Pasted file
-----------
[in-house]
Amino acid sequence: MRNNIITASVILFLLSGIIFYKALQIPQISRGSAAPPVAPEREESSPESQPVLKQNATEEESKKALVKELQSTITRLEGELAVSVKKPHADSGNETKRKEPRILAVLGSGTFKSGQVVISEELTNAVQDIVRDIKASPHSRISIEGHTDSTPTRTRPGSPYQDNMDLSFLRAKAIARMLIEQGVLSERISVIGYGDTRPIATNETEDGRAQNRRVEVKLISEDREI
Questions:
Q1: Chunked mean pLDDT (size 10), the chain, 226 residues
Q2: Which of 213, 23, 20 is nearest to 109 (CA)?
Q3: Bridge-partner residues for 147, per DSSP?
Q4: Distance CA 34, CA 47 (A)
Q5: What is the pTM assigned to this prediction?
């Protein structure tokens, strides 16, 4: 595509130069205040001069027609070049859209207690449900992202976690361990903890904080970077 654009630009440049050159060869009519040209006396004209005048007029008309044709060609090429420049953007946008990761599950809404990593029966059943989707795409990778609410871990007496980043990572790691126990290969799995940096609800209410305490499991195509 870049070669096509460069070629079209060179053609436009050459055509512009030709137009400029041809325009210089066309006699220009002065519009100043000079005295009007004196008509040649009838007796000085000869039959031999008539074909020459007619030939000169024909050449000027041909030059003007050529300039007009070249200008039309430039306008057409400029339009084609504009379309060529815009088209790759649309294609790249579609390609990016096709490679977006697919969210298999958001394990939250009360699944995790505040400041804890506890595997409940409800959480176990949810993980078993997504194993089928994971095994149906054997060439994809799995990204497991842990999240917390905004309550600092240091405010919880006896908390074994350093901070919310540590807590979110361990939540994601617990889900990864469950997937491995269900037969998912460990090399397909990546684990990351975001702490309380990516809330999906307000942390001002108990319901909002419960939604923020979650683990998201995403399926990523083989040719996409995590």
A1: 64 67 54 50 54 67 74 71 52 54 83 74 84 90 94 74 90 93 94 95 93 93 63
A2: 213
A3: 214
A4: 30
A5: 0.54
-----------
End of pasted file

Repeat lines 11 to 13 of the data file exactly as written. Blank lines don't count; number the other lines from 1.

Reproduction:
A2: 213
A3: 214
A4: 30